Written by Scott Brindamour
Cloud services are an inextricable part of today’s enterprise operations. It would be unusual to find any business using only a single cloud provider or environment, as evidenced by a Gartner survey that found 81% of respondents used two or more cloud providers. This multi-cloud mix has proven necessary for most businesses, spreading applications, software, compute power and data storage tasks over multiple environments. Yet it’s also proven to be a significant management burden for IT teams.
Why Has Multi-Cloud Management Become Such A Mess?
Cloud management has become a burden for businesses for a number of reasons.
Each Platform Has Pros and Cons. Through trial and error, businesses found that some cloud environments support particular workload types better than others. For example, latency could have been an issue depending on the geographic location of cloud servers. Generous or cheaper billing options may have played a role in selecting a cloud service. Fees for customer support also play a part in choice of platform. These variations affect the initial choice of a service, but also play a role in switching to another service with better options. Businesses want the freedom to make changes based on business needs alone, but having to constantly track the changing capabilities of different platforms has not been easy.
Users Have No Unified View to Manage Multiple Environments. Without an abstraction layer, it has been difficult to simplify management processes between environments. An abstraction layer makes complicated things simple by hiding the details of an implementation behind a more user-friendly and easily understandable interface. This layer also helps to provide a full view of available systems, showing the building blocks and components of the complete system.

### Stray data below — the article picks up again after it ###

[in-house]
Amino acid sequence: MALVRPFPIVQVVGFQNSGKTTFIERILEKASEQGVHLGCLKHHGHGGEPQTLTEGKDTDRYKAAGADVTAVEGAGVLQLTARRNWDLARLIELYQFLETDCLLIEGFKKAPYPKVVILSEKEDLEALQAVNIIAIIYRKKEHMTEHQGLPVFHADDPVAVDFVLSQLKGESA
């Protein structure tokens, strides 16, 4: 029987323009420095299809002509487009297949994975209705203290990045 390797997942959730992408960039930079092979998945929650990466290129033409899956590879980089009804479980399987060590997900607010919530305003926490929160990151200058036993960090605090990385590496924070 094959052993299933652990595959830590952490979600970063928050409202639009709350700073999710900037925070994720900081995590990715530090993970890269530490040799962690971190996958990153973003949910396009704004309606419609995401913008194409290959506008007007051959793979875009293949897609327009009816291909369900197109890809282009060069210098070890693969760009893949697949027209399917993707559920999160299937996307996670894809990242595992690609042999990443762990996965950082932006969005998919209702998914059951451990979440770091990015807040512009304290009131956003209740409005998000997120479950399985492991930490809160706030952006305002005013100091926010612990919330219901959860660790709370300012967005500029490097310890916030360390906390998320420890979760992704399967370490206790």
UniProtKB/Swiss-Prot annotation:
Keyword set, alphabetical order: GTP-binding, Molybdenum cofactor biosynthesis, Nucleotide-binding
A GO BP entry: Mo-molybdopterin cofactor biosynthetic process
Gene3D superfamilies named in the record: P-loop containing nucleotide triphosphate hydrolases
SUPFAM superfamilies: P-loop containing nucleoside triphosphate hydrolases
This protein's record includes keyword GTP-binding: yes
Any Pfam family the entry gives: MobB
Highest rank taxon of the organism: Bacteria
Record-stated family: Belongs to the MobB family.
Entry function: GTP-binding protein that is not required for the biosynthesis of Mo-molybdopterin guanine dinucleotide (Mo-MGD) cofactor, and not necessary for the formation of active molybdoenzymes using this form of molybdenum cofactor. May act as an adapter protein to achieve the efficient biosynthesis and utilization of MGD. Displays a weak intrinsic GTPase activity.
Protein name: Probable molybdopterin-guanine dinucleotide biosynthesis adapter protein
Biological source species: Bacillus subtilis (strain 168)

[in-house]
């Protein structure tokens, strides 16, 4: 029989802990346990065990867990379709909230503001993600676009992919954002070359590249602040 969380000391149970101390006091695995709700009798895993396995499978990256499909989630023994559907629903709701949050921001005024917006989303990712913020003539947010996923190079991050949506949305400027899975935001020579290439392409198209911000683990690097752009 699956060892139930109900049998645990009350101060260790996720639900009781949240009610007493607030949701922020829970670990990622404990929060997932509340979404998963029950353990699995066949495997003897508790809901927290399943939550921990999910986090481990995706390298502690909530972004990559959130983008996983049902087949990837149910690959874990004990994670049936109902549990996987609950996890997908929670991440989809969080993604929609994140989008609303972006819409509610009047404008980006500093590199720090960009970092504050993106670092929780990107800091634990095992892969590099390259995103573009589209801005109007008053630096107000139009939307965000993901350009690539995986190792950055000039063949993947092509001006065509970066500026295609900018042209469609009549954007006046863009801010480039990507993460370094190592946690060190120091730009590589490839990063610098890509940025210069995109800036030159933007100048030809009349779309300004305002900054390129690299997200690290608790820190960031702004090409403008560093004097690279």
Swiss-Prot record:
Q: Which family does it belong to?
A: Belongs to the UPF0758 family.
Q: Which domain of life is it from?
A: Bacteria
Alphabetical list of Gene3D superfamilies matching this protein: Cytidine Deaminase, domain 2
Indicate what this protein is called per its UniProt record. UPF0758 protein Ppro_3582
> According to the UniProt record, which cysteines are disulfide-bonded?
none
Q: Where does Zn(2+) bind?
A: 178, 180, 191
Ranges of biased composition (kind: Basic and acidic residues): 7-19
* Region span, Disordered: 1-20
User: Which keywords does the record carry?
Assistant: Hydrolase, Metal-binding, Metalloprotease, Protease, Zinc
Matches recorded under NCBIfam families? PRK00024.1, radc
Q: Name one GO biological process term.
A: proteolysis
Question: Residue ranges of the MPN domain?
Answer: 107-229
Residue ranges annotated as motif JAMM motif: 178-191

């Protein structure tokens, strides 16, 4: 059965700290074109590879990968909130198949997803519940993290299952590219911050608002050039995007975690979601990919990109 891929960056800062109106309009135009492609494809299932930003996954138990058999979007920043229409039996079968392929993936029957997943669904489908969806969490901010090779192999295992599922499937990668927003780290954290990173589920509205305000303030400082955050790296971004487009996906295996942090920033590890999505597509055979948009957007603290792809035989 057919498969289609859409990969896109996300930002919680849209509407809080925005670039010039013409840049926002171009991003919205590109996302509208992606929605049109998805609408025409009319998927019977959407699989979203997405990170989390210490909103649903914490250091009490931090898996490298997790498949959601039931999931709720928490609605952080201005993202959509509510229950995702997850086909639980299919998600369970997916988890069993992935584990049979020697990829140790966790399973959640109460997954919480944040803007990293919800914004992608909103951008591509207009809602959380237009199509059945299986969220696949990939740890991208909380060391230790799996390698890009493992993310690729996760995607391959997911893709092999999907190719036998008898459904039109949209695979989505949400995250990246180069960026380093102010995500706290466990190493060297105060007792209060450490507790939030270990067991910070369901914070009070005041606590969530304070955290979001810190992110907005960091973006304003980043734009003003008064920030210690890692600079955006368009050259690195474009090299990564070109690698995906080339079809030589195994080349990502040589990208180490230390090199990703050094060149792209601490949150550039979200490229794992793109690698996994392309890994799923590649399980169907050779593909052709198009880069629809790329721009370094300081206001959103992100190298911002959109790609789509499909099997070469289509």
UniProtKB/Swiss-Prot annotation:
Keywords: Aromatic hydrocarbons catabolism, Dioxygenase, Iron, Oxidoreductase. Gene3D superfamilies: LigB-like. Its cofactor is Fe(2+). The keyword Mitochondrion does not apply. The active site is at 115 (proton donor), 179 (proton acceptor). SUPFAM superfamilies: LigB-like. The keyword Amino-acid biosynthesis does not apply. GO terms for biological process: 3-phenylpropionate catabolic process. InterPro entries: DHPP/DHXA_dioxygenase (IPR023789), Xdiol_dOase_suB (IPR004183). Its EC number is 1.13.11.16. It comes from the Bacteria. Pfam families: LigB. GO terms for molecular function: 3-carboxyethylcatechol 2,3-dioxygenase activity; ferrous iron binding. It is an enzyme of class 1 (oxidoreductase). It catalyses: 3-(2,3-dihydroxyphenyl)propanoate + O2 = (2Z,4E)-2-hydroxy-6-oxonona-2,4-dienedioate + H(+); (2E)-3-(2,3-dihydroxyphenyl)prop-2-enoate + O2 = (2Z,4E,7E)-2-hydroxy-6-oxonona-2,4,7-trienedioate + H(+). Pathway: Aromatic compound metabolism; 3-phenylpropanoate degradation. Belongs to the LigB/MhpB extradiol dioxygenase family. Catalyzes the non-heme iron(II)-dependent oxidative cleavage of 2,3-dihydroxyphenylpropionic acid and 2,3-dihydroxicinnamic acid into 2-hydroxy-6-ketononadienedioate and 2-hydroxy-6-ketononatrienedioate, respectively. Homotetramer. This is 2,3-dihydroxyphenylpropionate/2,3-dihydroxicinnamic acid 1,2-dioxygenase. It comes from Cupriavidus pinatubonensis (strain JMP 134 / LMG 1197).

Portability is a Pain. Portability—the ability to easily move workloads between competing cloud platforms—has been more of an aspiration than a reality for those who manage cloud services. Ensuring compatibility between platforms has been an issue, as has been the often surprising costs associated with moving workloads.
How To Make Multi-Cloud Management Easier
Ultimately, learning how to manage multi-cloud, whether internally or as a service, is a necessity. Part of the solution may be to manage any workload, no matter where it resides, while ensuring there are no lapses in security or access policies.
Multi-cloud management tools aim to simplify the governance that places controls over data and information sharing, no matter what environment it’s found in. Many of these tools also include cost controls because far too many businesses have been surprised by unexpected costs of cloud services and how quickly those costs can escalate. The differing approach that cloud platforms take to billing also complicates the issue. Businesses need multi-cloud management solutions to right-size and automate their cloud spending and consumption, which may also include finding and regularly evaluating the best cloud mix for their workloads. Ultimately, the most successful multi-cloud management options provide full visibility into the enterprise environment so that a business can track use fluctuations, costs, trends and opportunities to optimize how the services are used.
Lumen Multi-Cloud Management Solution
Lumen offers a number of ways to speed application delivery, reduce cloud costs and deliver a more consistent customer experience across all your cloud platforms.
You can manage all multi-cloud environments in one place using Cloud Application Manager. This tool helps users automate the delivery of infrastructure, applications and services that use Lumen cloud options, as well as Microsoft Azure and AWS Cloud. You also have the choice to manage cloud operations internally or to outsource using full-service management.
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Paul is the Senior Vice President of Enterprise Products and Services for Lumen. In this role, he sets the strategy and leads global product management for all of Lumen’s business services including internet, voice, data networking, cloud, content delivery, security, dark fiber, IT and managed services. With 25 years of experience in the telecommunications industry, Paul has served in several leadership and technical roles that span product management, network planning, engineering, operations and service delivery.
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